The Cicerchiata is a traditional dessert from Italy’s Abruzzo region, particularly enjoyed in the Carnival period. Its preparation varies from the ingredients that are added in the end (toasted almonds, colored sprinkles or candied fruit) to the shape it takes once cooled (it usually looks like a donut but can also be found in single portions).
The Atlas of Abruzzo’s traditional products traces its history back to the Sangro area, a place renowned for its excellent honey. Honey acts as a “glue”, sticking together the little balls of pastry that make up this dessert (the so called “cicerchie”).
The origin of its name is to be sought in the Middle Ages and seems to derive from a bean similar to chickpeas: the cicerchia. The small balls of dough that make up this dessert take the shape of a “pile of beans”.
- 2 eggs
- 150 grams of sugar
- 30 grams of butter
- 300 g of type 00 flour
- fry oil
- dry white wine
- 120 grams of honey
Prepare the dough in a bowl, mixing flour with soft butter. Add the eggs, 30 grams of sugar and a touch of wine until a smooth and homogeneous ball is obtained. Divide the dough into long strands of pasta, cut them and after that, form balls the size of a chickpea. Heat some oil in a pan and fry the little balls until they are golden brown. Drain on absorbent paper.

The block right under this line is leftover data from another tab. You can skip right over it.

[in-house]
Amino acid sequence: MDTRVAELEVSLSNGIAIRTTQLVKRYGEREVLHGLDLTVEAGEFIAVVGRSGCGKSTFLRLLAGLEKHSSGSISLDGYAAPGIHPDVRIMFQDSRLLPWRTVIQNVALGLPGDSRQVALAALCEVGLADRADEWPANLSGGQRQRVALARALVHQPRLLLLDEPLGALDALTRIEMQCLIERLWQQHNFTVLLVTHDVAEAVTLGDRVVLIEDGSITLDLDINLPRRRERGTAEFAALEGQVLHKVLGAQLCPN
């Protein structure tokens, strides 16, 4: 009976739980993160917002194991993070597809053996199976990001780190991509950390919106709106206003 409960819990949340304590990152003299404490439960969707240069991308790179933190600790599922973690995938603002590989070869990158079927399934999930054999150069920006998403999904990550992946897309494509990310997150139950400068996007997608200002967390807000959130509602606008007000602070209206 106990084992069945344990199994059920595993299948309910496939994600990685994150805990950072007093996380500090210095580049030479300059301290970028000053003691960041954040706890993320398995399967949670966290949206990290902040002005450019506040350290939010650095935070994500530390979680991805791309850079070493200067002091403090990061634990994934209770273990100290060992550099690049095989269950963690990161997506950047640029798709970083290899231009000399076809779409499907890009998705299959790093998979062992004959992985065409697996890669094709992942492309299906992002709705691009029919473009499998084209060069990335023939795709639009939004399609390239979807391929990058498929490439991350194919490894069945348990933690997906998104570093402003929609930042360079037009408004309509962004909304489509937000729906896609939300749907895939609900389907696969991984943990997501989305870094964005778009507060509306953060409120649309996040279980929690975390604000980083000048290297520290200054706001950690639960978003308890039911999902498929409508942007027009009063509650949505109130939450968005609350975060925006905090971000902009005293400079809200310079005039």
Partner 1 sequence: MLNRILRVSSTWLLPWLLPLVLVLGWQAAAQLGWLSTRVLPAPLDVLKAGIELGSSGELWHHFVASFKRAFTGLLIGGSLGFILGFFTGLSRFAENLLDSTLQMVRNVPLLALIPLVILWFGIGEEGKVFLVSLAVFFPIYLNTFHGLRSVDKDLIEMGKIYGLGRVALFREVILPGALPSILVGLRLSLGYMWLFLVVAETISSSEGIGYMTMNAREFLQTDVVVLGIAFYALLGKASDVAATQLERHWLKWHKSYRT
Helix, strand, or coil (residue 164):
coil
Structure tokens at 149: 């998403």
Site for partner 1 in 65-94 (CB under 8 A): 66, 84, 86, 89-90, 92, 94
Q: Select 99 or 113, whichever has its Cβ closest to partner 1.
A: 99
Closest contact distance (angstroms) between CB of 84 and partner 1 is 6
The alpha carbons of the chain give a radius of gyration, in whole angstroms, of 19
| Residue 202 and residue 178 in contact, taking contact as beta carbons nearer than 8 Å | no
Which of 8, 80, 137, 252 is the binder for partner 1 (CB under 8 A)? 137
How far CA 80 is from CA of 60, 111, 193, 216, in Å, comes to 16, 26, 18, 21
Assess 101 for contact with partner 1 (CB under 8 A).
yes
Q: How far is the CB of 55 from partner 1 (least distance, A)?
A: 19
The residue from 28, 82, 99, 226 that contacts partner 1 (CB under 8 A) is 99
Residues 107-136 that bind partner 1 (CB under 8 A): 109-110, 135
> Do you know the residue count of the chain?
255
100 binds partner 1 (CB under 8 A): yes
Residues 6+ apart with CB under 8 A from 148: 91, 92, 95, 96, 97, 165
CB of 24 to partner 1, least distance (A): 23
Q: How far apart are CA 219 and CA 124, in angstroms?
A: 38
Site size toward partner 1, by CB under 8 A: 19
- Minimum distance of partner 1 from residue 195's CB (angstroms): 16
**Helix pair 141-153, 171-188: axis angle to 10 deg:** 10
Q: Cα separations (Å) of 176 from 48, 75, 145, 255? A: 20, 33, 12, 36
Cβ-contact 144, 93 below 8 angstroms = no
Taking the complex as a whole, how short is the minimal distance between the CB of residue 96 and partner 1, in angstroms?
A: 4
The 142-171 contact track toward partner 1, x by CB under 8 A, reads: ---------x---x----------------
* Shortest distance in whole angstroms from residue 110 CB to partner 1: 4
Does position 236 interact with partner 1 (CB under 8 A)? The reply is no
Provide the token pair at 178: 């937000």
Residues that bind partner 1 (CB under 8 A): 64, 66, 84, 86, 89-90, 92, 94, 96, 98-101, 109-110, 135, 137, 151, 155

Caramelize the remaining sugar (120gr) and honey in a pan. As soon as it takes on color, add the balls and mix with a wooden spoon. Take your serving dish and shape the mixture into the desired shape with wet hands.Add candied fruit or sugar sprinkles, if you like.
The Abruzzese cicerchiata recipe is very similar to a well-known carnival Neapolitan dessert, the Struffoli, even though in the Neapolitan tradition it’s a typical Christmas cake.